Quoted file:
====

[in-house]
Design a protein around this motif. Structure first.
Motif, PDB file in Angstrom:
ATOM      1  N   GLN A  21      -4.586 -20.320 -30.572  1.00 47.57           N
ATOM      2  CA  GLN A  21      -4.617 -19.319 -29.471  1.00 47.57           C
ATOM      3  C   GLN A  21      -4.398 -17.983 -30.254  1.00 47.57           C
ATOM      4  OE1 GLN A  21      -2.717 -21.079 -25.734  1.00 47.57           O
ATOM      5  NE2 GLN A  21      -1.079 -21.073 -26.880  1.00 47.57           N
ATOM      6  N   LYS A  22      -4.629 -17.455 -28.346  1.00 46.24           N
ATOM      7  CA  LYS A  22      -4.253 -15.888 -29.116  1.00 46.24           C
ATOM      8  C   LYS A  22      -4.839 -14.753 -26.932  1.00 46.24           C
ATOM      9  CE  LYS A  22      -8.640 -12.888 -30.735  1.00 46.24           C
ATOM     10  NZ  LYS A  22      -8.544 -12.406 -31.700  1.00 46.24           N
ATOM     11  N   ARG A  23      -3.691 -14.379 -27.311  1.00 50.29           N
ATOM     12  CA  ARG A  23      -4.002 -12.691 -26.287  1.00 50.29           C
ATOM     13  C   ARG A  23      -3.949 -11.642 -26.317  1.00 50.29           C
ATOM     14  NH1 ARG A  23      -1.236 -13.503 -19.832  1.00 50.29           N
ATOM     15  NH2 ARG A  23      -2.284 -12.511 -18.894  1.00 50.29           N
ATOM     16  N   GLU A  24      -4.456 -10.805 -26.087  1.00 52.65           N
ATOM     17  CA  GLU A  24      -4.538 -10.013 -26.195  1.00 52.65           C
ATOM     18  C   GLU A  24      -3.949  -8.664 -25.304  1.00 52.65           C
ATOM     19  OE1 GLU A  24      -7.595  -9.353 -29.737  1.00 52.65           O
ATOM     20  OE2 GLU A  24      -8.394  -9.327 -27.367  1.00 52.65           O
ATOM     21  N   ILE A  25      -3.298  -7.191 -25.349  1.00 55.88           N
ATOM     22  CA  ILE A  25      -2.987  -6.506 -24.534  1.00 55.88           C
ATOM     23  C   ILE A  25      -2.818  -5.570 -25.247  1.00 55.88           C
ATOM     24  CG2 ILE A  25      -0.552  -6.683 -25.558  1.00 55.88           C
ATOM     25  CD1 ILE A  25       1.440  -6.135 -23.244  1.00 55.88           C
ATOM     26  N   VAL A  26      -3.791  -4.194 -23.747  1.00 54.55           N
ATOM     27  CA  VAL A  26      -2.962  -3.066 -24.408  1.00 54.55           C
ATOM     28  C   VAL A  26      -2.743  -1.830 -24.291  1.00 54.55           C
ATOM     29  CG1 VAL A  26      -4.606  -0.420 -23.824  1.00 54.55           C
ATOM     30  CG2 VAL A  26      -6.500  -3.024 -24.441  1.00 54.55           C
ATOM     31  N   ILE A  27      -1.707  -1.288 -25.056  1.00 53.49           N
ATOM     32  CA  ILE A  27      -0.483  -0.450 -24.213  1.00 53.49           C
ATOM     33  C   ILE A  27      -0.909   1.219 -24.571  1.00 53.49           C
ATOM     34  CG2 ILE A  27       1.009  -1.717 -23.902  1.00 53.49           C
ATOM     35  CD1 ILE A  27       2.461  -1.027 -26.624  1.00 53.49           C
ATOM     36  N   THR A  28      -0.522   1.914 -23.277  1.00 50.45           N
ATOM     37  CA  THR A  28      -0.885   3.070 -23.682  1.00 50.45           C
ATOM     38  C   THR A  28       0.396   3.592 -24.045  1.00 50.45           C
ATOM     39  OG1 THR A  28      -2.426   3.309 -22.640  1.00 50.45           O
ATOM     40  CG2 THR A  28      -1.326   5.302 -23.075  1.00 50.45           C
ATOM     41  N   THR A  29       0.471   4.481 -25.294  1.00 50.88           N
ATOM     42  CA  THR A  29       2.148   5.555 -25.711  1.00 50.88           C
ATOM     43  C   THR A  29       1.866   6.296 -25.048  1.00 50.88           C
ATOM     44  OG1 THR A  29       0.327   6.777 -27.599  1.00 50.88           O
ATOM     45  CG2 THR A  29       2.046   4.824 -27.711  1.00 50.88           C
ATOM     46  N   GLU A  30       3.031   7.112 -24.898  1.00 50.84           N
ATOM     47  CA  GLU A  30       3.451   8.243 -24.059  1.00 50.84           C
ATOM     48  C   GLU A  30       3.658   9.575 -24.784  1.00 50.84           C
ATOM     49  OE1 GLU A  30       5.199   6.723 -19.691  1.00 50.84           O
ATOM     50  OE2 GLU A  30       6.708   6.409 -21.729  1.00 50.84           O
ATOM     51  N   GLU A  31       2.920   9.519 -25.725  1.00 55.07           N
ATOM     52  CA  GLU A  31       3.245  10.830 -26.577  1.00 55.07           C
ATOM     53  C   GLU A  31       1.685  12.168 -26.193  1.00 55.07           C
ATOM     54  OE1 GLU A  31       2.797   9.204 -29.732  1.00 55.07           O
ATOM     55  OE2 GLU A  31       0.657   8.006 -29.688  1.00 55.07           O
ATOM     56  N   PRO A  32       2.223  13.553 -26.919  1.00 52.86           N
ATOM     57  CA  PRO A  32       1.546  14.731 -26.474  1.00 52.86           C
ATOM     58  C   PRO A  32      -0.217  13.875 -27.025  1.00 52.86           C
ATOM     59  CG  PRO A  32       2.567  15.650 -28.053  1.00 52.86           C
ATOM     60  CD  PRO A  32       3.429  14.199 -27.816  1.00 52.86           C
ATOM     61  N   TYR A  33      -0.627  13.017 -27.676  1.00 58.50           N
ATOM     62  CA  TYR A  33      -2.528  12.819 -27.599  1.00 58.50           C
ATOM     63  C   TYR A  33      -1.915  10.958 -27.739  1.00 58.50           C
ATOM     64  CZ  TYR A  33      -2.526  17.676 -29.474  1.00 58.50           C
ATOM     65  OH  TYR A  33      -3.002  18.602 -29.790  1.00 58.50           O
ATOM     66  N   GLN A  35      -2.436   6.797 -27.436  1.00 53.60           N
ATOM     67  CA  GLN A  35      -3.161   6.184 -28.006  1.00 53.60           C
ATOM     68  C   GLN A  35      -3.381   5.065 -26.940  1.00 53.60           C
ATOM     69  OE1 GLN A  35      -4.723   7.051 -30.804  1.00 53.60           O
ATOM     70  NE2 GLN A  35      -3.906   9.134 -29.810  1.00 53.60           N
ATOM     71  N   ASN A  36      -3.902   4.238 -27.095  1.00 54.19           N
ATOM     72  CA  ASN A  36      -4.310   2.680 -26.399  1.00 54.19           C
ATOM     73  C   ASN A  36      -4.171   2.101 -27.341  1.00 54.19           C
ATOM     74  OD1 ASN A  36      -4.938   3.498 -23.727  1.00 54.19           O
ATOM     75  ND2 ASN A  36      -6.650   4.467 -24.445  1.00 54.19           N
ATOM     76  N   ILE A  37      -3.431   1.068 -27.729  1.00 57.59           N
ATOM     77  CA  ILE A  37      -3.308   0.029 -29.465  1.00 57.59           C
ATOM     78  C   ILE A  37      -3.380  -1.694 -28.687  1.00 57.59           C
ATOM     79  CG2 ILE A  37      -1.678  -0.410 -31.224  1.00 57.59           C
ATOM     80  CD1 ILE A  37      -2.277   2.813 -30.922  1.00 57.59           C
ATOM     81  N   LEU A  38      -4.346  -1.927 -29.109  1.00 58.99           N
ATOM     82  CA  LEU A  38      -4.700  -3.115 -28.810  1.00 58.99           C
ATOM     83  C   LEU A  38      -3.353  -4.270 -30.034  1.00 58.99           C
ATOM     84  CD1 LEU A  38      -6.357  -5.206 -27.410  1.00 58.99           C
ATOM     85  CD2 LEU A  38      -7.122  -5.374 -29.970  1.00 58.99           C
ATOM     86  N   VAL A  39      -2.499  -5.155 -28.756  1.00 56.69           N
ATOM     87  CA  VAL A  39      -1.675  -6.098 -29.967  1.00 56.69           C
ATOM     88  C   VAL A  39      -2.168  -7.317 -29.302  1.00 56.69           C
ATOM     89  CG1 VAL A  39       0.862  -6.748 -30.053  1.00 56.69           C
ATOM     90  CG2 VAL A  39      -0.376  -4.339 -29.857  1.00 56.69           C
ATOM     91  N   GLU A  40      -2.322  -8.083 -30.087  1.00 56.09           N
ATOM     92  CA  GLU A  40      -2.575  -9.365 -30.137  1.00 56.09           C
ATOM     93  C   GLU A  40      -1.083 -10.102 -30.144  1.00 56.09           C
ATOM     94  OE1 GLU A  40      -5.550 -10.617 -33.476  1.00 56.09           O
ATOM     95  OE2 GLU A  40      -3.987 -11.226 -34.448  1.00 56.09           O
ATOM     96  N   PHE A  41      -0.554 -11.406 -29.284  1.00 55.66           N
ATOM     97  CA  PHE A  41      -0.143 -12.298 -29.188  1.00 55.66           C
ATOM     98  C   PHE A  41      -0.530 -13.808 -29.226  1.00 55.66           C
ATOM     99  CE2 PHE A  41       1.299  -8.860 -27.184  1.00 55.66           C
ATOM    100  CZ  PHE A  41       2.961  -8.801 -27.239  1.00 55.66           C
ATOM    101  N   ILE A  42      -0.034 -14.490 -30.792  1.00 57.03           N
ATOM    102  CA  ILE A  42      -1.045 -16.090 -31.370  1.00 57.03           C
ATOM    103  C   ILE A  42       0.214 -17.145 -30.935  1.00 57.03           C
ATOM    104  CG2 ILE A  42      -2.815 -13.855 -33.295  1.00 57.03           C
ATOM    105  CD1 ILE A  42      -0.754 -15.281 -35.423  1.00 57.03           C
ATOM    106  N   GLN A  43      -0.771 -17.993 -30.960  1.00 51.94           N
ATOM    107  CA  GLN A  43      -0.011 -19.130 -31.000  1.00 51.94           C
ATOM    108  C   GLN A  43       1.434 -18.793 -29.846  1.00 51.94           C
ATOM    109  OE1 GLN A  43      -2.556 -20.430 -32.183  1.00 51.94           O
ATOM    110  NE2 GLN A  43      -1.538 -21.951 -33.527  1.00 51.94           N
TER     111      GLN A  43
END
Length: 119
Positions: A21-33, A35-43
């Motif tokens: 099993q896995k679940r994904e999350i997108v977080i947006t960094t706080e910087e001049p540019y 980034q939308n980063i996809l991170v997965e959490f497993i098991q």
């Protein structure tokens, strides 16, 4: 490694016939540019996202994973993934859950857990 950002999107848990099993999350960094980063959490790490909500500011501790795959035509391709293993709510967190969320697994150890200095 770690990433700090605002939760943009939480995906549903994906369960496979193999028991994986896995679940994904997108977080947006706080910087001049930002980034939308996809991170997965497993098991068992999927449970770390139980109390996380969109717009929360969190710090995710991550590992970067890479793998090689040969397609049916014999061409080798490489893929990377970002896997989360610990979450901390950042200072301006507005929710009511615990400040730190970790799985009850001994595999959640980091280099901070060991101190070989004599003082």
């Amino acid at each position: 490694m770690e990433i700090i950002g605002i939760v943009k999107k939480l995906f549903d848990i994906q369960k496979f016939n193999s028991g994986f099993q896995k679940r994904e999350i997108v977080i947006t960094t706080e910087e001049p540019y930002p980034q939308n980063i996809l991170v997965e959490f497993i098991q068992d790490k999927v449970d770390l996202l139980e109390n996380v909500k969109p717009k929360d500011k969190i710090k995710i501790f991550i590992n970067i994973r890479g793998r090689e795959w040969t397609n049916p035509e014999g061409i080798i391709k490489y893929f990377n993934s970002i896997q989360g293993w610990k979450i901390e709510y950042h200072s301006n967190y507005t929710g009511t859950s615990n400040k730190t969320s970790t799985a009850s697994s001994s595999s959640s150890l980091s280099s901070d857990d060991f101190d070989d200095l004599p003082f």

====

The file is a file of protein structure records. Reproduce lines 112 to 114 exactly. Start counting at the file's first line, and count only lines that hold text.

ATOM    109  OE1 GLN A  43      -2.556 -20.430 -32.183  1.00 51.94           O
ATOM    110  NE2 GLN A  43      -1.538 -21.951 -33.527  1.00 51.94           N
TER     111      GLN A  43